Probate is the legal process that ensures your debts are paid and legal title of your assets is transferred to the appropriate heirs and beneficiaries. If you have a will, the probate process determines whether the will is authentic and valid. Probate is required for all estates, whether or not you have a will, though not everything you own has to go through probate.
The cost of probate varies with several factors. Each state or locality determines its own probate costs and process, and these are the major factor in the cost of probate. Other key factors are the value of your estate and whether there are challenges to your will or other issues in dispute during probate.
Some probate costs are fixed dollar amounts while others are a percentage of the estate. A few costs, such as attorney’s fees and executor’s fees, depend on the amount of time probate takes. Average probate costs are the U.S. are estimated to vary between 1% and 7% of the value of the estate.
The more valuable the estate is, the lower the costs are likely to be as a percentage of the estate. That’s because the fixed dollar costs are a lower percentage of the estate’s value. The longer the probate process drags on, the more expensive the costs of probate will be.
Court fees are determined by the state or locality where probate is filed. The fees can range from a nominal amount to a thousand dollars or more. Sometimes the court fees are a percentage of the estate’s value, with the percentage declining as the value increases. The amount also might vary with the complexity of the estate. For example, as more forms must be filed or court sessions must be held, the more court fees will be incurred.
Executor fees can vary considerably. In many estates, a friend or family member serves as executor and waives the fees. When an executor is compensated, many states have established executor fee schedules. For example, California sets the executor fees at four percent of the first $100,000 of the estate, three percent of the next $100,000, two percent of the next $800,000, and so on. Some other states merely set a minimum or maximum fee level. Many states allow you to determine the maximum executor fees in your will, provide that executor fees will be waived, or negotiate fees in advance with your executor.
These fees also can be established by state law similar to the way executor fees are. Often, established attorney’s fees are a percentage of the estate’s value on a sliding scale with the percentage declining as the estate’s value increases. But the attorney’s fees usually can be negotiated, and many attorneys will charge an hourly rate or set fee. Many estates don’t need an attorney to be involved in the probate process, so your estate might not incur this cost.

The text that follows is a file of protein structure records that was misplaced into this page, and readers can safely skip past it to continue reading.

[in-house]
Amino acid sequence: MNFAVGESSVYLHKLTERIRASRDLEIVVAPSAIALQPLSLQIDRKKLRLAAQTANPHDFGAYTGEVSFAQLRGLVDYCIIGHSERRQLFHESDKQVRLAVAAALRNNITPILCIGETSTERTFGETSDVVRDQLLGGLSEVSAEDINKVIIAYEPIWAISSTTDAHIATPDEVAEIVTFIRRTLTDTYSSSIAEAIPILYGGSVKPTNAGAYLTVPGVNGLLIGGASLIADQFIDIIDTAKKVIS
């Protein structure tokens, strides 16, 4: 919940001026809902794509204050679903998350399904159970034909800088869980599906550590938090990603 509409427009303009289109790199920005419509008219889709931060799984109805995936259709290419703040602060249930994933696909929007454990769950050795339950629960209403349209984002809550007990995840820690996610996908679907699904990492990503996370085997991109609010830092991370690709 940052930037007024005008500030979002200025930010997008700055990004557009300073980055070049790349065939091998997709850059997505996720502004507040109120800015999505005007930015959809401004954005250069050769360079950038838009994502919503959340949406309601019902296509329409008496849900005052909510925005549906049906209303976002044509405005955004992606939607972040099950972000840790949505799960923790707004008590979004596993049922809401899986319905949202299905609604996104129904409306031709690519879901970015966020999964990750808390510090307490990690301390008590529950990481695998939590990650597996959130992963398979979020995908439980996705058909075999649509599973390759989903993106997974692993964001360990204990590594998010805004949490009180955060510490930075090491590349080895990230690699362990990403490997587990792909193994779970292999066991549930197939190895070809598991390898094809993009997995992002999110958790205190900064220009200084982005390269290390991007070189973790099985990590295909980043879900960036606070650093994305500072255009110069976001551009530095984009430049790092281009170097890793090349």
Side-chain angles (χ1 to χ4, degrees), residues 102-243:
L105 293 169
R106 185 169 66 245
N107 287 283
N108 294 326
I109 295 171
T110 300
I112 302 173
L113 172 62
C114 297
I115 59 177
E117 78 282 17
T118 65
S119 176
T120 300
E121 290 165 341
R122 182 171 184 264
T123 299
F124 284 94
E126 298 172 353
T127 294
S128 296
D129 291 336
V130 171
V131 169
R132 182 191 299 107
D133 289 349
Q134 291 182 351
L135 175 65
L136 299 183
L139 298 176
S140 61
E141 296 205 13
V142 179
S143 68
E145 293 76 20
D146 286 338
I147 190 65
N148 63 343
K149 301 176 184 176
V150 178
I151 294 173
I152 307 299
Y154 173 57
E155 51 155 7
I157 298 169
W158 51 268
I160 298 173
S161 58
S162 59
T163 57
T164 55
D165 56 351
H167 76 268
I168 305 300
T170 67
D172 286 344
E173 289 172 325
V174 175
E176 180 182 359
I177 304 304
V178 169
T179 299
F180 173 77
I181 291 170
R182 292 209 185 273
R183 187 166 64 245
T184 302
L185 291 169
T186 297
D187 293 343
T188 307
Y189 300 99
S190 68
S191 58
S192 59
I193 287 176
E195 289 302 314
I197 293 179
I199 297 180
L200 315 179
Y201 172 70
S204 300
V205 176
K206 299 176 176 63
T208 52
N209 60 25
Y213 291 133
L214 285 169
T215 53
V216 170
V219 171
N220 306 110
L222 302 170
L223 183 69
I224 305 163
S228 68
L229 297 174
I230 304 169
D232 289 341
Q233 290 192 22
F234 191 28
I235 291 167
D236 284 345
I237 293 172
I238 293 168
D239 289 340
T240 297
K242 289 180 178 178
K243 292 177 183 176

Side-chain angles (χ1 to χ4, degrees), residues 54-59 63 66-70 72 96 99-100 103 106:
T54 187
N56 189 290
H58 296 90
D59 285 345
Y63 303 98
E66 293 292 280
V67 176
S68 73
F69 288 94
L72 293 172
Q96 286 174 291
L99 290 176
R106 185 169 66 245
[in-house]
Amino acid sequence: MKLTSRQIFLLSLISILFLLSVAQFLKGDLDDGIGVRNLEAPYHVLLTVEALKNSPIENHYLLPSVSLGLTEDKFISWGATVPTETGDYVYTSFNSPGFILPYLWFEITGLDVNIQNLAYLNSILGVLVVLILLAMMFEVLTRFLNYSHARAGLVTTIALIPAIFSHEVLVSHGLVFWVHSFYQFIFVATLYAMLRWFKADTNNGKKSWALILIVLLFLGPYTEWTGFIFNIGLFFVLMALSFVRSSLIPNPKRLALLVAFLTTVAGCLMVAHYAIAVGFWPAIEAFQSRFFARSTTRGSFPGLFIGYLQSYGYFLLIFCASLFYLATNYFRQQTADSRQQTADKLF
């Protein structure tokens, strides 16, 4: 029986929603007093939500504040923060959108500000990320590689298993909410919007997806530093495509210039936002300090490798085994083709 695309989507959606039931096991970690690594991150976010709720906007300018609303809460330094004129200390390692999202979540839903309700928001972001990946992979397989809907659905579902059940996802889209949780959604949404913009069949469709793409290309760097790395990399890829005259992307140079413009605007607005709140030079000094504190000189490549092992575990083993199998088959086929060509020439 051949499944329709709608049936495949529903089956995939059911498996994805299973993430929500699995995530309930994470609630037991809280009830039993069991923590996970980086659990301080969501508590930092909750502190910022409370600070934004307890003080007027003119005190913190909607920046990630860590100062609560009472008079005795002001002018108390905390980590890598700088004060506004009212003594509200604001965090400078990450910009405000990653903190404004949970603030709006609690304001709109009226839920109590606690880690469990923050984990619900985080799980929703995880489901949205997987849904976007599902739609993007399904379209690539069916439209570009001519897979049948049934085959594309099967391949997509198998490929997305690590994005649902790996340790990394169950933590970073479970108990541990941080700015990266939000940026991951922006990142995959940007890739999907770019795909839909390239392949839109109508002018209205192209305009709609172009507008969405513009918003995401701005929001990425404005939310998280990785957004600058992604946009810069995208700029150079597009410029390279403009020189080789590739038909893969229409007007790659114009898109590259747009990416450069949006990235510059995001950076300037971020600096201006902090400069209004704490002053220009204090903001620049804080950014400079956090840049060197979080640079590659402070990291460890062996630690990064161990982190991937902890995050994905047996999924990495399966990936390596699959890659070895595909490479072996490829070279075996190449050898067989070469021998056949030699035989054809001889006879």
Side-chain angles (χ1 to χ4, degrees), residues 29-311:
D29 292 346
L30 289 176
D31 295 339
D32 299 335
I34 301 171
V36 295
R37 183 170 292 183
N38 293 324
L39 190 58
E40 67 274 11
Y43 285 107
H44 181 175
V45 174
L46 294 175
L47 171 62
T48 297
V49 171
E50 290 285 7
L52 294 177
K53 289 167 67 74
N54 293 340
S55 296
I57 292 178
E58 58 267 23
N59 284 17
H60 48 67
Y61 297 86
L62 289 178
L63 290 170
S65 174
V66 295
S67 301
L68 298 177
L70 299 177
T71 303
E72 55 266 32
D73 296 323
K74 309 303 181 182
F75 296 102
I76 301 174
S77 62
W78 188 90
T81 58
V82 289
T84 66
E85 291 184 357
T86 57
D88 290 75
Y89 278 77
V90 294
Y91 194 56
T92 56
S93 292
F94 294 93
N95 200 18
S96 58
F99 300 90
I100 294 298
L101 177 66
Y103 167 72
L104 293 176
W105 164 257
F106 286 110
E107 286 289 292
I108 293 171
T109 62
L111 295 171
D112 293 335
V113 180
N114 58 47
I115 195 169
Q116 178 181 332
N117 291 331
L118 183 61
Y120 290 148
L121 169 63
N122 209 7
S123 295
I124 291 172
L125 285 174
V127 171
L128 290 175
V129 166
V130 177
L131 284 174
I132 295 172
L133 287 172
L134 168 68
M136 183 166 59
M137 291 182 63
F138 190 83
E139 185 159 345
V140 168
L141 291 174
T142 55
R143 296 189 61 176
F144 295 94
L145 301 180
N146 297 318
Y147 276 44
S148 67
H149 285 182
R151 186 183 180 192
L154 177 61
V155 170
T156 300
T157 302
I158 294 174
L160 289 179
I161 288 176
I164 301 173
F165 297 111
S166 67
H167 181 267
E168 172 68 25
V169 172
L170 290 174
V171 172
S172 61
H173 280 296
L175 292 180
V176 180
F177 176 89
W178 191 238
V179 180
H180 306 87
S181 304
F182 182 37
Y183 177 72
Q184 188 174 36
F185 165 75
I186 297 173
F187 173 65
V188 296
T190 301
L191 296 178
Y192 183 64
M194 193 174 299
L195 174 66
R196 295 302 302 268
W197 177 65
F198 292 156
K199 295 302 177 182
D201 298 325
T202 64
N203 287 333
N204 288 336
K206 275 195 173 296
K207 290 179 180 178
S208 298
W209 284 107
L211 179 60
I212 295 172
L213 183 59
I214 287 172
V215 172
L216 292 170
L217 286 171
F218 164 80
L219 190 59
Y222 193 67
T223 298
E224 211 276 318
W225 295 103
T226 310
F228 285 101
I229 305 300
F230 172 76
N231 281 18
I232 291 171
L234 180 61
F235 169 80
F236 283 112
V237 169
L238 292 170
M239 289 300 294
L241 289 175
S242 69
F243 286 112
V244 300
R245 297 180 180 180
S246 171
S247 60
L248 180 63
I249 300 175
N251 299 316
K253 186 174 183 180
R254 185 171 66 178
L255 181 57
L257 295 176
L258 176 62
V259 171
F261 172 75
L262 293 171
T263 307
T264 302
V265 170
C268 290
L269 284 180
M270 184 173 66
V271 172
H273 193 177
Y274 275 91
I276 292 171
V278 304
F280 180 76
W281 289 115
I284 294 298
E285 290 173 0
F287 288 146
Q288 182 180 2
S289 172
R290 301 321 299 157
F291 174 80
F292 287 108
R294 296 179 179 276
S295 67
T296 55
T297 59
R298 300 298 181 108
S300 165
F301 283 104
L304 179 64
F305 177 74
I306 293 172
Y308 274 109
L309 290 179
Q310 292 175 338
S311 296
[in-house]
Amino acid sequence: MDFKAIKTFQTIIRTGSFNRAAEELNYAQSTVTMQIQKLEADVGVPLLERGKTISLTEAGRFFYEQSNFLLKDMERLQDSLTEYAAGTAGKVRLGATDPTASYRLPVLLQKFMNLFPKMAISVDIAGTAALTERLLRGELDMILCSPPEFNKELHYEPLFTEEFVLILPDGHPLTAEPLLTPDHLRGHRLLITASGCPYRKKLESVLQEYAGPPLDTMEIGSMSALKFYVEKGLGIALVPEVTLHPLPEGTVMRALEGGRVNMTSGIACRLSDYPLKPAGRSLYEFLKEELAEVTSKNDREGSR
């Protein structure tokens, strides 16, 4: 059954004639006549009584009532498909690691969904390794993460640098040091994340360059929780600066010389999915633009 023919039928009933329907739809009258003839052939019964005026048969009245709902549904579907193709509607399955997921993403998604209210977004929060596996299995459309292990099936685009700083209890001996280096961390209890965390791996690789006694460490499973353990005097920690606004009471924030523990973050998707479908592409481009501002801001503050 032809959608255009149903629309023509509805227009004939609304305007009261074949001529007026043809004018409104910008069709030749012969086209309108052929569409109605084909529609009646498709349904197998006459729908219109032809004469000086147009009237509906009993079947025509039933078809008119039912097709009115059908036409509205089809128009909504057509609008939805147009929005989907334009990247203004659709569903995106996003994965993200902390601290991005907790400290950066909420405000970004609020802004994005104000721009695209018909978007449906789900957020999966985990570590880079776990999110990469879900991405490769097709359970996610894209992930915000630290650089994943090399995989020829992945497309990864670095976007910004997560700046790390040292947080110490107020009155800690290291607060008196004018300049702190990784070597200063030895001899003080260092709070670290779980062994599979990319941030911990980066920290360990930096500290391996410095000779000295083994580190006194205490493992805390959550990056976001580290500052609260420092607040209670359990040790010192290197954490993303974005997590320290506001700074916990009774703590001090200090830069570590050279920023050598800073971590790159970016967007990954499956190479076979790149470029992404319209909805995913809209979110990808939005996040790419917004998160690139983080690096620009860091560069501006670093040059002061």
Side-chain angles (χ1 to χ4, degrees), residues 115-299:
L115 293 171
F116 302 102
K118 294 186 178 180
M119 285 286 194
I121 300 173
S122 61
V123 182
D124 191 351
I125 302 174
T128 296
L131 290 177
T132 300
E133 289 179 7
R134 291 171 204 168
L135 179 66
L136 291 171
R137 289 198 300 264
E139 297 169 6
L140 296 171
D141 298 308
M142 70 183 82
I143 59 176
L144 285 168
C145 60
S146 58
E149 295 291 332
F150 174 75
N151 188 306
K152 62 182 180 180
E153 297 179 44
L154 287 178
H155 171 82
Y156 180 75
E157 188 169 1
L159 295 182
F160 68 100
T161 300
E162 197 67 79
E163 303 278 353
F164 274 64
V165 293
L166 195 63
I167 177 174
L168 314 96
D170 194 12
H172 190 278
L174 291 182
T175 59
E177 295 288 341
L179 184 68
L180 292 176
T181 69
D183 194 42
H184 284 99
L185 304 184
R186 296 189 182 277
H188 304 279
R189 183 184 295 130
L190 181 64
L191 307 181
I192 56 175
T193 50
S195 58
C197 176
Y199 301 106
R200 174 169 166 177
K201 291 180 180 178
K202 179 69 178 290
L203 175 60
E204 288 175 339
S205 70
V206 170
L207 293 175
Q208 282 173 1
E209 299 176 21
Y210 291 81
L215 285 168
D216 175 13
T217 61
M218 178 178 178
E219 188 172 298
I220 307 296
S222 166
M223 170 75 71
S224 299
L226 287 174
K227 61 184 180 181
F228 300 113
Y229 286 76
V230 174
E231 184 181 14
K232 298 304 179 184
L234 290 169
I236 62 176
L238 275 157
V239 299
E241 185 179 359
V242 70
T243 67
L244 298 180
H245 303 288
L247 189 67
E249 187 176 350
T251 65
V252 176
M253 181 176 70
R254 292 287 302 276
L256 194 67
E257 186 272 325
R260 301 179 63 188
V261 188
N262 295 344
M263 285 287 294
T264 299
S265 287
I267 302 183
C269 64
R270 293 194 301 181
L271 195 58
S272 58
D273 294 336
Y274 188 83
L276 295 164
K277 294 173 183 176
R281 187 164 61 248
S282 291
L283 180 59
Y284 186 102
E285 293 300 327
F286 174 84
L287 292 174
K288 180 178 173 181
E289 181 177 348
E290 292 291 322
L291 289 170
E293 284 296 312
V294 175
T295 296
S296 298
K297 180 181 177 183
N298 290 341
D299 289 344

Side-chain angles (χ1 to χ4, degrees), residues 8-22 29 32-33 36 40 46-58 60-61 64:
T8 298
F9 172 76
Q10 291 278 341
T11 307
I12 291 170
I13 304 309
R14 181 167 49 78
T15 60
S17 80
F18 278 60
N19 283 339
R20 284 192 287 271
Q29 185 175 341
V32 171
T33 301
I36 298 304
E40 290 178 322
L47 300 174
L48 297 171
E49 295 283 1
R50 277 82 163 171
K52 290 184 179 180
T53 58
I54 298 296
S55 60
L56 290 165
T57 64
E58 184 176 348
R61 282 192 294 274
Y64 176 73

The executor might have to post a probate bond early in the probate process. A probate bond insures the beneficiaries and creditors by promising to compensate them for any losses they incur because of errors in the probate and distribution process.
The probate court usually determines the amount of any bond that must be posted. The cost of the bond usually is paid to a private bonding company, and often is paid by the estate, not the executor.
You can state in your last will and testament that a probate bond is waived. The probate court, however, can overrule the waiver and require a bond to be posted to protect beneficiaries or creditors.
Part of the probate process is for the executor to prepare an inventory of the estate’s assets, including estimates of each asset’s value. Often the value can be estimated by the executor, such as for household furnishing and personal items. Other times the value can be determined from public sources, such as the values of publicly-traded stocks and mutual funds.
But some assets require professional appraisals, such as small businesses, real estate, art, and collectibles. The appraisal fees can vary considerably, depending on the type of asset and its value.
The state may require that the executor post a notice to creditors in local newspapers or online. The cost varies and is established by the newspaper or other entity in which the notice is published.
There might be additional costs incurred. These can include postage, delivery services, and telephone charges. Also, items in the estate might have to be stored, insured, or shipped. In some estates, the executor has to travel as part of the duties or hire experts. These costs will vary with the composition of your estate, where the beneficiaries are located, and other factors.
The costs discussed here are those related to the probate process and distribution of the assets. Your estate also might have to pay debts you incurred. The estate might owe federal, state, and local taxes that aren’t related to probate. The estate also is likely to pay other costs, such as the utilities and maintenance costs of your home while the estate is being settled.
Valuable contributions to this summary of “What is the Cost of Probate?” were made by Bob Carlson, editor of the Retirement Watch financial advisory service and chairman of the Board of Trustees of Virginia’s Fairfax County Employees’ Retirement System with more than $4 billion in assets.
Katie Kao is an editorial intern with Eagle Financial Publications.